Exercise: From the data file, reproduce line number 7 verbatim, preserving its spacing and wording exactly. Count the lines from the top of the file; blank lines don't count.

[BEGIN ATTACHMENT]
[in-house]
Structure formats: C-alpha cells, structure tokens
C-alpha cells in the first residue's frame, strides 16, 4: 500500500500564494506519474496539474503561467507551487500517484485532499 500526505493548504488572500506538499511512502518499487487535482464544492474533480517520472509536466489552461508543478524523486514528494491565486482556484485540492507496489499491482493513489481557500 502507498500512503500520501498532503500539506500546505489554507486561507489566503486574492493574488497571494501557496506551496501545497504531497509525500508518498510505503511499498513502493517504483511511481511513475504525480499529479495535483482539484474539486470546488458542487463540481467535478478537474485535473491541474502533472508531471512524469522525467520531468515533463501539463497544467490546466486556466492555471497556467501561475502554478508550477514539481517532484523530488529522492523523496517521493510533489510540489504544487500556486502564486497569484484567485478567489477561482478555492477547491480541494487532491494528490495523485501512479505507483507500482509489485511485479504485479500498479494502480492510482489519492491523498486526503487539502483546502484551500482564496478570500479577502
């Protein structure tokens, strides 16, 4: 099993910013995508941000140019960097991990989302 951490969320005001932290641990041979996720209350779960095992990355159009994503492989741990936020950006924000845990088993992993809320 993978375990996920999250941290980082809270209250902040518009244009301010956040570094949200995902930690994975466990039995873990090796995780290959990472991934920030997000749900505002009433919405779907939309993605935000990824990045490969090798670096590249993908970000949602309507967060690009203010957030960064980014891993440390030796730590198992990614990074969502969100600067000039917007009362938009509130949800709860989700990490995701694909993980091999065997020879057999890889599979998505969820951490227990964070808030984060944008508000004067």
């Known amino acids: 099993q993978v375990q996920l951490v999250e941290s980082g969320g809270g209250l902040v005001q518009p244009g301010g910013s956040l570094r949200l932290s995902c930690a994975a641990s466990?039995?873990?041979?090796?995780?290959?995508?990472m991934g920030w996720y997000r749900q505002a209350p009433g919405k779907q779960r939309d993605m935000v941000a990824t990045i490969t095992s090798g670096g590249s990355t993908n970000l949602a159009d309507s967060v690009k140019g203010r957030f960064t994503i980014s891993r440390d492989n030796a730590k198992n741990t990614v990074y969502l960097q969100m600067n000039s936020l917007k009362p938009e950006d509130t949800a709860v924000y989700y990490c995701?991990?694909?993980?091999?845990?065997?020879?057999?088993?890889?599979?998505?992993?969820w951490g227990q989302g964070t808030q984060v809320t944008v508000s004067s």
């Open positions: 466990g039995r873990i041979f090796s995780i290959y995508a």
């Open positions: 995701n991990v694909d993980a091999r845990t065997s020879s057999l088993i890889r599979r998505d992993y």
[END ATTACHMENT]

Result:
């Open positions: 995701n991990v694909d993980a091999r845990t065997s020879s057999l088993i890889r599979r998505d992993y």